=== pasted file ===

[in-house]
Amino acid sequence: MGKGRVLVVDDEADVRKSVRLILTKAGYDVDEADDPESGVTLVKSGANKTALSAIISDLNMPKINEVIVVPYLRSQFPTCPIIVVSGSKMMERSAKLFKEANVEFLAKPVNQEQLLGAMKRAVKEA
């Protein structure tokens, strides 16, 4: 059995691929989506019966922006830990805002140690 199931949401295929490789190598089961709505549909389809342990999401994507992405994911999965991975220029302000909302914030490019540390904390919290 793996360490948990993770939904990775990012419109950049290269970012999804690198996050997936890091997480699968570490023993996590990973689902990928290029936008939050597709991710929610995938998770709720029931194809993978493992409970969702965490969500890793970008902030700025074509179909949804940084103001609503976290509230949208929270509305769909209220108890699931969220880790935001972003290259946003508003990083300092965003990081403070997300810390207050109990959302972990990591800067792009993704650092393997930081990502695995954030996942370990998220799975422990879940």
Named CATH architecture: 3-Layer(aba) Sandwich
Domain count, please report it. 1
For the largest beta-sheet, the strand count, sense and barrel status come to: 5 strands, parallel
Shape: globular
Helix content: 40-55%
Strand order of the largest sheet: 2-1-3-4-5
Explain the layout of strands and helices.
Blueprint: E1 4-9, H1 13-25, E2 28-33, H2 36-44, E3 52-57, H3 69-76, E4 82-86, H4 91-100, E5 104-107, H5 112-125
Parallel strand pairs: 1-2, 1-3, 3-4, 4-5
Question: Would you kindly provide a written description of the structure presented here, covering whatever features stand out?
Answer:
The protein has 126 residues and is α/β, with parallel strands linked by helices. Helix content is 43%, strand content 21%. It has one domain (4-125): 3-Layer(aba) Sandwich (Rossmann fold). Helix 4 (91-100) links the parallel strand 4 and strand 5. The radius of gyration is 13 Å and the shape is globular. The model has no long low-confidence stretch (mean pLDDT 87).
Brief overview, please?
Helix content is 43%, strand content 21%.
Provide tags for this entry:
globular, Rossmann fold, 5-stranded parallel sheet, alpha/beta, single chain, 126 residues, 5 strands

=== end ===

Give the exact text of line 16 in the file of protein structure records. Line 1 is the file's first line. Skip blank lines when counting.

Brief overview, please?